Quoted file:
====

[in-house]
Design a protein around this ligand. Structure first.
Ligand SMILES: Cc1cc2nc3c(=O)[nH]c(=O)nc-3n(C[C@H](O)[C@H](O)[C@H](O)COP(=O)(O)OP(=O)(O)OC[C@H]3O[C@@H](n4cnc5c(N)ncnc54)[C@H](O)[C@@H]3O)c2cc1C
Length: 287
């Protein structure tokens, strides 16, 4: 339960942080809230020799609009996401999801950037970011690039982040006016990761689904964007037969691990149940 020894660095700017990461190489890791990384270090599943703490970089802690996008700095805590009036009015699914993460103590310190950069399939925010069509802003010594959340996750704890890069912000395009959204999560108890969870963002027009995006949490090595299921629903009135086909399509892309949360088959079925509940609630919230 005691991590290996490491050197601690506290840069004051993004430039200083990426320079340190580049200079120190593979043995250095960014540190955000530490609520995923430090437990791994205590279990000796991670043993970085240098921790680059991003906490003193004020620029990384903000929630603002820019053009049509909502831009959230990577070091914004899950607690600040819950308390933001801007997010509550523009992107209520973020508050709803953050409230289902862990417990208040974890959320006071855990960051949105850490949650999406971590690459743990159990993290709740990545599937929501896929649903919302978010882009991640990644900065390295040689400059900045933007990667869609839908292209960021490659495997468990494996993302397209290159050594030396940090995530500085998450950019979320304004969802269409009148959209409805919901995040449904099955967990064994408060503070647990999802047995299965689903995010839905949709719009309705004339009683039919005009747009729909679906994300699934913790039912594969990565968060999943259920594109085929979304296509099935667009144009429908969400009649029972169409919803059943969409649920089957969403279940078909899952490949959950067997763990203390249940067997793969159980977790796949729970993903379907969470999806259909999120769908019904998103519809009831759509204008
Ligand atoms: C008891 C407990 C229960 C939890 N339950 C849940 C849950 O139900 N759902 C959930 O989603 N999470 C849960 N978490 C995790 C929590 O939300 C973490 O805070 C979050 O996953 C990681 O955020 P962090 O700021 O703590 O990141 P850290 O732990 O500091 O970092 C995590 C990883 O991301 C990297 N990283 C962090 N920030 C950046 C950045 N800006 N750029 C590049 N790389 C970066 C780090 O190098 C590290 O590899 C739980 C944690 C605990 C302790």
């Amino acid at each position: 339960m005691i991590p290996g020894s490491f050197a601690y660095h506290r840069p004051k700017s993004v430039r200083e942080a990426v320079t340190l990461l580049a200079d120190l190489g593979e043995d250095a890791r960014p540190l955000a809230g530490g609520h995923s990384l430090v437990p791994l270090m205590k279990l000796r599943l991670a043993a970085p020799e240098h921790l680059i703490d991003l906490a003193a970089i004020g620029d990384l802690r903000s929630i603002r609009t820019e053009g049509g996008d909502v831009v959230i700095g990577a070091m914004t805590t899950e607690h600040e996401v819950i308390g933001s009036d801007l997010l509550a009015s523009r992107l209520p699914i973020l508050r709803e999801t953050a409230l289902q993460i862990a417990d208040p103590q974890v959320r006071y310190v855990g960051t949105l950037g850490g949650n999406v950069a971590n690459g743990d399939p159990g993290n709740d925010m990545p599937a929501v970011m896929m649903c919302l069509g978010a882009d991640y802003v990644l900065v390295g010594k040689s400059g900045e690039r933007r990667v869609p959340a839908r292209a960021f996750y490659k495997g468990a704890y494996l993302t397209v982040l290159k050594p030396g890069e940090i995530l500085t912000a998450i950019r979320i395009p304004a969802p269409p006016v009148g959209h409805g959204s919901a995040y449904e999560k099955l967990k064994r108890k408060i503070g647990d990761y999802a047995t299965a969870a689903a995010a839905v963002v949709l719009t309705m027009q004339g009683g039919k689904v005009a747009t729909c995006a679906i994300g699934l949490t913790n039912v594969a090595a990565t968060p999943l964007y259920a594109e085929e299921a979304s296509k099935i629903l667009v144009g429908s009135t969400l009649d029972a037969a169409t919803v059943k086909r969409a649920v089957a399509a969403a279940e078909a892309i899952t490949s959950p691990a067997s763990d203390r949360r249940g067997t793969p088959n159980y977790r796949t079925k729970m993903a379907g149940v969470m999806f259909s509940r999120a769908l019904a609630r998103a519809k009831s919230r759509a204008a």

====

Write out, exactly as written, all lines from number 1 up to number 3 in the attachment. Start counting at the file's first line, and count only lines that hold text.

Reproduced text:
[in-house]
Design a protein around this ligand. Structure first.
Ligand SMILES: Cc1cc2nc3c(=O)[nH]c(=O)nc-3n(C[C@H](O)[C@H](O)[C@H](O)COP(=O)(O)OP(=O)(O)OC[C@H]3O[C@@H](n4cnc5c(N)ncnc54)[C@H](O)[C@@H]3O)c2cc1C